The movie “Fifty Shades of Grey” became a blockbuster. Hardly anyone realizes that the film trilogy depicts serious personality disorders of the two main heroes – Christian Grey and Anastasia Steel. Let me invite you to the first article of my series “50 shades of psychology”, where today I analyse the personality of Anastasia Steel.
What kind of woman would feel attracted to a Christian Grey?
Let’s expose one of the 50 shades of psychology together. Everyone knows the fable about a knight on a white horse in shiny armor arriving to fight for the princess in a tower. Women often fantasize about being swept off their feet by a handsome, decisive, wealthy man, who will satisfy all their longings and desires. Christian Gray, from the outside, is seen as such a man. Later on, he uncovers his face of a malignant narcissist with sociopathic tendencies.
Ana is an introverted young woman at a difficult point in life where she lacks certainty in what next steps to take. She is studying literature and admits that she lives mainly among the books and her social life is much limited. She is inexperienced in relationships and very insecure of herself. Do you remember a photography exhibition of her friend where her photographs were displayed? She felt ashamed and shy. Ana wasn’t a self-confident woman with high self-esteem who would walk into the room with a big smile on her face.
She was living in the world of romance. The world she knew so well from her books. Still, she agreed to have an affair with a man who had no intentions of making it a real romantic relationship. Why? Because Ana was desperate for love. Her father died when she was young and this trauma in the heart of a small girl was one of the most valid reasons why she was so desperate to be loved by a man.
Insecure, shy, agreeable, ashamed, with low self-esteem, and living in a dreamy world – such women quite often fall prey to narcissists. They are “good girls” and they lack the basic skills of setting boundaries.
What deficiencies from childhood did Ana have?
As we learn from the movie, Anastasia’s father dies when she was young and a stepfather brings her up. The sudden death of the biological father is a serious and deep trauma. Losing a father at a young age is a tragedy for the child. The child feels left alone or sometimes even subconsciously guilty that the father disappeared.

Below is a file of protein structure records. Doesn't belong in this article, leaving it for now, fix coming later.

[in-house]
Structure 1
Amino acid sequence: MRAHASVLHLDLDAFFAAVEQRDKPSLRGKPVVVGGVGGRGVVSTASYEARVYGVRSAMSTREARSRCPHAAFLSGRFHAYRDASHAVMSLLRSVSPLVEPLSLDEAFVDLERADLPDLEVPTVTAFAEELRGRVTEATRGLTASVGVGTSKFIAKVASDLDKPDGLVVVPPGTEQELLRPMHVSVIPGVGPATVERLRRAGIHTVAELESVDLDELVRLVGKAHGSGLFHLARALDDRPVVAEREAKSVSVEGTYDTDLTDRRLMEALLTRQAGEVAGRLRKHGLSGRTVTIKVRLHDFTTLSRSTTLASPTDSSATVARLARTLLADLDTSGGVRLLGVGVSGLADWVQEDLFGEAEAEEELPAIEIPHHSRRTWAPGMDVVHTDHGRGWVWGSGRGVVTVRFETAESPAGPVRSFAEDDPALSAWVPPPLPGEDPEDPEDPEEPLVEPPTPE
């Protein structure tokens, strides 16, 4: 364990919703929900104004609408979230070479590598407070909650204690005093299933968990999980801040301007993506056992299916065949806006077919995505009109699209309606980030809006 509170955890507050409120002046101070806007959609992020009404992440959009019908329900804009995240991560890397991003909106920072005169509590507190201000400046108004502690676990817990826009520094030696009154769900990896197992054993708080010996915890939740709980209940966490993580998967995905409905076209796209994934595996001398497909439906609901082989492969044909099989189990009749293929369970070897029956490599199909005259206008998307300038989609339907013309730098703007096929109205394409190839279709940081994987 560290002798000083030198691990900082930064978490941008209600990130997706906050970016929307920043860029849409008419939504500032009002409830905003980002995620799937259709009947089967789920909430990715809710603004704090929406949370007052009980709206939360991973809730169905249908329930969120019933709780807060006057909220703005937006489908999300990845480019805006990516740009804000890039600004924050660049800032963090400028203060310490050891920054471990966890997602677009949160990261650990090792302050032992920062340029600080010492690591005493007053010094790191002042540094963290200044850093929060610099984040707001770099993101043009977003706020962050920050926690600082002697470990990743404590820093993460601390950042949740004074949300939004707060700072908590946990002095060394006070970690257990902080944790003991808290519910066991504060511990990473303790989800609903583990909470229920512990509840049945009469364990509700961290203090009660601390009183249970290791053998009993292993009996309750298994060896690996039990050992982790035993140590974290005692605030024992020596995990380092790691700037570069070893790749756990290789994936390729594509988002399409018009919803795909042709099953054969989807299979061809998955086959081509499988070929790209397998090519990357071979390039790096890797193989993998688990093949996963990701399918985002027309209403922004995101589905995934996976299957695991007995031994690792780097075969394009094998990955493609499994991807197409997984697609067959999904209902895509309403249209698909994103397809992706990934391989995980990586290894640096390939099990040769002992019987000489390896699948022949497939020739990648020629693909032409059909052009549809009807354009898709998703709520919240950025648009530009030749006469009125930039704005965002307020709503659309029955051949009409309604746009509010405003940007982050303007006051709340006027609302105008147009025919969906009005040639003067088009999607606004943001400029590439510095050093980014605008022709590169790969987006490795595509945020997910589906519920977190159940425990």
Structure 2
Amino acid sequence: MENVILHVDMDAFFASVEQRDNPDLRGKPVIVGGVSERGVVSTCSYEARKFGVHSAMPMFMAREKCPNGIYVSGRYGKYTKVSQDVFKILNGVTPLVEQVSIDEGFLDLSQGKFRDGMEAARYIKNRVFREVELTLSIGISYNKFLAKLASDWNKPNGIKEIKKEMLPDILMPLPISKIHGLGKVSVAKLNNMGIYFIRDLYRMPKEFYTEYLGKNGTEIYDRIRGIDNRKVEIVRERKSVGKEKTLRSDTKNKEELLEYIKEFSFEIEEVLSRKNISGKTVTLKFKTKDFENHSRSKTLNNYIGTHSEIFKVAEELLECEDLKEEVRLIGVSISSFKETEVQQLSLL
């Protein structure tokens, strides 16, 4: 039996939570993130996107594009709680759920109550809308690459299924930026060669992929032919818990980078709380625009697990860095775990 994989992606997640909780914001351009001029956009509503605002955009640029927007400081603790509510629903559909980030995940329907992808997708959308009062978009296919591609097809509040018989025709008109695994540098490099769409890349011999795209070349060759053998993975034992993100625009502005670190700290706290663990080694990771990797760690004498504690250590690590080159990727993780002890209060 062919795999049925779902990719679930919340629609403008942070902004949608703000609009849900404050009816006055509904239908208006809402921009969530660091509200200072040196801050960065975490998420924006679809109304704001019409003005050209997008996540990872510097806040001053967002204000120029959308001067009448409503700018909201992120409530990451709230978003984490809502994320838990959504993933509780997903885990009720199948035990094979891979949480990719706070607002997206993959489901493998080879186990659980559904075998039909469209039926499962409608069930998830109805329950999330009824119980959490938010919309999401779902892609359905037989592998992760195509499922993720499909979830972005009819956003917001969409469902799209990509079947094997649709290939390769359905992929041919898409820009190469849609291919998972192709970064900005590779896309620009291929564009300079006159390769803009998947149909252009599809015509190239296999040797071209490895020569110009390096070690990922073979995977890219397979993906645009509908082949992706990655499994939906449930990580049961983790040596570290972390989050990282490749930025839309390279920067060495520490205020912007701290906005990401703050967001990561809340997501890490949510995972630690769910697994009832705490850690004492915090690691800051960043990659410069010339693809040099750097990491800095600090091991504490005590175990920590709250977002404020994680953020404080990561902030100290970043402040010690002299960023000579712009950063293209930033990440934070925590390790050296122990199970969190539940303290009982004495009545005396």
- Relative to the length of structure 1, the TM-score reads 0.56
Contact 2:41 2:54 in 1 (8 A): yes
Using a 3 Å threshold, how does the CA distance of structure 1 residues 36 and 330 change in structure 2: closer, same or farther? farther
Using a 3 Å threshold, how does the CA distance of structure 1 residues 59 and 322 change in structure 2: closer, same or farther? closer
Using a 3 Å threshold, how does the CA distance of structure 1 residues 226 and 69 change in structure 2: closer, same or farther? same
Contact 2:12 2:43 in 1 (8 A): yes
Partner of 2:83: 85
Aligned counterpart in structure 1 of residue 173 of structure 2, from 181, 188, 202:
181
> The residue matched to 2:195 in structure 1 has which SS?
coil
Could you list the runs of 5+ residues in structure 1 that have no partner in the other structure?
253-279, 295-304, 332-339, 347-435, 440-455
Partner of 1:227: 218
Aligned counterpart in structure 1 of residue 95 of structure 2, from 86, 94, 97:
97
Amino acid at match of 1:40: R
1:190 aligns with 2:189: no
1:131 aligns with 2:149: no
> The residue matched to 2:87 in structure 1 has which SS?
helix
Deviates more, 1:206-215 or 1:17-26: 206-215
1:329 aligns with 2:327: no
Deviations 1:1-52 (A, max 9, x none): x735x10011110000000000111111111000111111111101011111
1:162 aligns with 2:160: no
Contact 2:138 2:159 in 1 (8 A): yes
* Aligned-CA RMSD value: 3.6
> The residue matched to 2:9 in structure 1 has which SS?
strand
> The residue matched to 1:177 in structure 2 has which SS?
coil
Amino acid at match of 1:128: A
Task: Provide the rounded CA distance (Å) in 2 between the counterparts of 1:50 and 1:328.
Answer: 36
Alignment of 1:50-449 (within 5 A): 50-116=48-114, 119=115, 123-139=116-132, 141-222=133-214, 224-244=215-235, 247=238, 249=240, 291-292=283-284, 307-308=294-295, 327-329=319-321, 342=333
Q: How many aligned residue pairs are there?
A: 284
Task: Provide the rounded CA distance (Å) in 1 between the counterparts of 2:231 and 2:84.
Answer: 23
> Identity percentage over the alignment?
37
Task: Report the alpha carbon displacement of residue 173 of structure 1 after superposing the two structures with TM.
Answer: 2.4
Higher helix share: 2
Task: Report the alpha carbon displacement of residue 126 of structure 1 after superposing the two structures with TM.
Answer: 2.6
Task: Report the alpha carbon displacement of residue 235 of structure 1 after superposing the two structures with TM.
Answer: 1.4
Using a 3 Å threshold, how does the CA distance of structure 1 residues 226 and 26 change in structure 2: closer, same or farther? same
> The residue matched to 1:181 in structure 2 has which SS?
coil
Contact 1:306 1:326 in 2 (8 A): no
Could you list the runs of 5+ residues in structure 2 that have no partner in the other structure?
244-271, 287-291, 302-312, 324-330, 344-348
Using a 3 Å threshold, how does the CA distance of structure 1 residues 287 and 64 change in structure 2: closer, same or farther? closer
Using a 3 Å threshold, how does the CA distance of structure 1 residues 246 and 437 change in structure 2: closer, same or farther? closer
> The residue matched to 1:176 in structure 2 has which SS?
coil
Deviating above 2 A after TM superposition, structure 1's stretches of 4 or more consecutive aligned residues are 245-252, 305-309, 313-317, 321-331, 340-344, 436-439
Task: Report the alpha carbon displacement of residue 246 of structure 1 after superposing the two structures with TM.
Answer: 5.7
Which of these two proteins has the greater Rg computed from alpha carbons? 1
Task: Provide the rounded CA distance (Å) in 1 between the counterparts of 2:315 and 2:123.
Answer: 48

We can imagine that Ana never experienced her biological father taking care of her, pampering her, telling her complements. She didn’t have that. That’s why she was thirsty to hear it and Christian filled in the gap. Do you remember the scene in the club? Ana was drunk and called him. He came to rescue her, drove to the club, and took care of her. Like a father would.
She asks later in the hotel: “Christian, why am I here?” He answers what her heart longs to hear: “I couldn’t leave you alone there”.
Subconsciously Ana might have felt left alone by her biological father. When Christian assures her he would never leave her there, she feels he takes care of her like the father who could not because he was never there. He passed away.
50 shades of psychology – what psychological dynamic makes her agree to be with Christian Grey?
Each of us has software running in our brains that was installed in our childhood. Anastasia Steel has a psychological savior complex. She wants to rescue Christian from himself and his past. She believes he would change thanks to her love. The problem is that you cannot be a teacher to the other person, because then you enter a parenting role and your beloved is in the position of a child. This is not a couple relationship anymore, but rather a parent-child connection.
People with savior complex often chase broken people or people with severe psychological issues. They believe they can help them and change them. Unfortunately, it never works like this. We are not responsible for fixing other people; we’re responsible for fixing ourselves. Ana didn’t get that. A savior complex is also described as ‘co-dependency’. It is a tendency to remain in unhealthy, one-sided relationships, where they cater to their partner’s needs without regard to their own, thus enabling his or her toxic behavior, be it abuse, addiction, or general underachievement.
Anastasia tolerated Christian’s behavior and preferences despite wanting something else – a true and loving relationship. She exhibited many traits of a savior complex and dependent personality disorder. A rather inappropriate example for teenagers and young women looking for love.
There was a study in the Journal of Women’s Health, which claims young adult women who read Fifty Shades of Grey are more likely to replicate the behaviors of people in abusive relationships. Let’s hope young adult women are smarter than that.